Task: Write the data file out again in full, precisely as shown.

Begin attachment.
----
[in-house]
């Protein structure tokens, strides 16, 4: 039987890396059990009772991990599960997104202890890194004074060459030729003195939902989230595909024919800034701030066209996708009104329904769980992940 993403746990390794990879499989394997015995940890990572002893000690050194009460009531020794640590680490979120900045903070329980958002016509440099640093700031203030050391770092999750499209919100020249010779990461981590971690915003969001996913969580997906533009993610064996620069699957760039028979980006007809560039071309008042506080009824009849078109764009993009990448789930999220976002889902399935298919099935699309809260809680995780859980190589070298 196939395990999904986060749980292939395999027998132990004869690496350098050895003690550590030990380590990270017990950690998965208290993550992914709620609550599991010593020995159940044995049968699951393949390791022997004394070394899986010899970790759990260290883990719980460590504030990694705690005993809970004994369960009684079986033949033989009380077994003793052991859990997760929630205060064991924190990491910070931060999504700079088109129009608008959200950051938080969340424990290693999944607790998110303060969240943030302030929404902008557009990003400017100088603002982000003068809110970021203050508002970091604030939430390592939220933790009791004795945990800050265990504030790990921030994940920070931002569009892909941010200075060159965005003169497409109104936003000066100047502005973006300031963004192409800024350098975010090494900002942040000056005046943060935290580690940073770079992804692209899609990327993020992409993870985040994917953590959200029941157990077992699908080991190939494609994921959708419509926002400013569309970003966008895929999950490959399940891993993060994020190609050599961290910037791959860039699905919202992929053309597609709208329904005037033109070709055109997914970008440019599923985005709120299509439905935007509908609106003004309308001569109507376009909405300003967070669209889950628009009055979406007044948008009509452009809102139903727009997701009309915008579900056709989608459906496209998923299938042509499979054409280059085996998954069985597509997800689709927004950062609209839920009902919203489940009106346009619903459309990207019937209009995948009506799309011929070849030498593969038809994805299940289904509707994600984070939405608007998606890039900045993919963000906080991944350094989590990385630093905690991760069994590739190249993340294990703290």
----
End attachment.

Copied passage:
[in-house]
């Protein structure tokens, strides 16, 4: 039987890396059990009772991990599960997104202890890194004074060459030729003195939902989230595909024919800034701030066209996708009104329904769980992940 993403746990390794990879499989394997015995940890990572002893000690050194009460009531020794640590680490979120900045903070329980958002016509440099640093700031203030050391770092999750499209919100020249010779990461981590971690915003969001996913969580997906533009993610064996620069699957760039028979980006007809560039071309008042506080009824009849078109764009993009990448789930999220976002889902399935298919099935699309809260809680995780859980190589070298 196939395990999904986060749980292939395999027998132990004869690496350098050895003690550590030990380590990270017990950690998965208290993550992914709620609550599991010593020995159940044995049968699951393949390791022997004394070394899986010899970790759990260290883990719980460590504030990694705690005993809970004994369960009684079986033949033989009380077994003793052991859990997760929630205060064991924190990491910070931060999504700079088109129009608008959200950051938080969340424990290693999944607790998110303060969240943030302030929404902008557009990003400017100088603002982000003068809110970021203050508002970091604030939430390592939220933790009791004795945990800050265990504030790990921030994940920070931002569009892909941010200075060159965005003169497409109104936003000066100047502005973006300031963004192409800024350098975010090494900002942040000056005046943060935290580690940073770079992804692209899609990327993020992409993870985040994917953590959200029941157990077992699908080991190939494609994921959708419509926002400013569309970003966008895929999950490959399940891993993060994020190609050599961290910037791959860039699905919202992929053309597609709208329904005037033109070709055109997914970008440019599923985005709120299509439905935007509908609106003004309308001569109507376009909405300003967070669209889950628009009055979406007044948008009509452009809102139903727009997701009309915008579900056709989608459906496209998923299938042509499979054409280059085996998954069985597509997800689709927004950062609209839920009902919203489940009106346009619903459309990207019937209009995948009506799309011929070849030498593969038809994805299940289904509707994600984070939405608007998606890039900045993919963000906080991944350094989590990385630093905690991760069994590739190249993340294990703290």